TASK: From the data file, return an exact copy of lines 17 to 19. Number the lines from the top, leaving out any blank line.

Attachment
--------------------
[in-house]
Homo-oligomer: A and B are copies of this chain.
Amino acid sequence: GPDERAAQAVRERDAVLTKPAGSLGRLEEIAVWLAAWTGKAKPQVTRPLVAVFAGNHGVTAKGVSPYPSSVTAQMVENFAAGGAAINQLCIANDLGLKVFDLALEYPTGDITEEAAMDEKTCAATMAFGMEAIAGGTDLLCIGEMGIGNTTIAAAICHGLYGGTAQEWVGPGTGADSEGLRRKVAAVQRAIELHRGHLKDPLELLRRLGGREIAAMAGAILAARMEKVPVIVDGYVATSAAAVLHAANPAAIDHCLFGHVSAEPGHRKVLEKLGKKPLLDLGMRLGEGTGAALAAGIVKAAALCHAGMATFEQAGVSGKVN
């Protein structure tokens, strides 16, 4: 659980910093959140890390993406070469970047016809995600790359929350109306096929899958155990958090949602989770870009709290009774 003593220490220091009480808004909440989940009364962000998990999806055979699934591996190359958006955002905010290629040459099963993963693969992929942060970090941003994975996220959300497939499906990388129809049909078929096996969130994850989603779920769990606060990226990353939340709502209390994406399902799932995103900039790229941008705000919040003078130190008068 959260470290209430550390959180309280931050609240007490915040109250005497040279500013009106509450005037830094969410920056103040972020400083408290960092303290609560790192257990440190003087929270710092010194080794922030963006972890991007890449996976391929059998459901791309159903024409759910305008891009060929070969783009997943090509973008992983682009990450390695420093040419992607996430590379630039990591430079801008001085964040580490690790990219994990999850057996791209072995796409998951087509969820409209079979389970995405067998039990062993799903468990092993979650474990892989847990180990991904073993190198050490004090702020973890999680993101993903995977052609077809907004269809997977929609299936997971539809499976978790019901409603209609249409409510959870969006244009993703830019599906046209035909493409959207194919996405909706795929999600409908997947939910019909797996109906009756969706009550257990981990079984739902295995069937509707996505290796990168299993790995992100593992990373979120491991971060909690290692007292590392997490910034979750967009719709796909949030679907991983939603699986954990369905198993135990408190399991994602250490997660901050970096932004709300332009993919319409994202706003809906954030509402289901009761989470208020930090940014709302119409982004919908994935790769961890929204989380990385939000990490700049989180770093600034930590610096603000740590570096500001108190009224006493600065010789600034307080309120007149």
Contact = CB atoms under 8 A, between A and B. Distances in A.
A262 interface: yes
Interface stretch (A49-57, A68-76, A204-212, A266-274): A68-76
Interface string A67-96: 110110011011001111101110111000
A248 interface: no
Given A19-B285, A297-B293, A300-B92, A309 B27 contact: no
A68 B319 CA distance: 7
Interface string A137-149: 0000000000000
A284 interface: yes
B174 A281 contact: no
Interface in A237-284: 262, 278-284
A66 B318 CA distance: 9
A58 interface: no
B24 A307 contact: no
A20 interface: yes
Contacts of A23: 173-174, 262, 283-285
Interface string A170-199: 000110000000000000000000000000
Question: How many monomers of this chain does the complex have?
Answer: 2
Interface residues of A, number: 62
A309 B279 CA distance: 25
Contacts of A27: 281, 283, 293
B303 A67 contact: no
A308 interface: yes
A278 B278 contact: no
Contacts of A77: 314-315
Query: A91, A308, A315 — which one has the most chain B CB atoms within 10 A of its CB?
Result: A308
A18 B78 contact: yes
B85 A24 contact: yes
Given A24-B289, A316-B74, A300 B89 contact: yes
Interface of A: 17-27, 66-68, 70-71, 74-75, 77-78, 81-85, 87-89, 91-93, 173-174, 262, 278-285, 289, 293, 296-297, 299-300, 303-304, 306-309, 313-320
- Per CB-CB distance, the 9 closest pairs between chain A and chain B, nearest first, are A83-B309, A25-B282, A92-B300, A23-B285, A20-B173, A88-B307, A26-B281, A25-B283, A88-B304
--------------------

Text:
A58 interface: no
B24 A307 contact: no
A20 interface: yes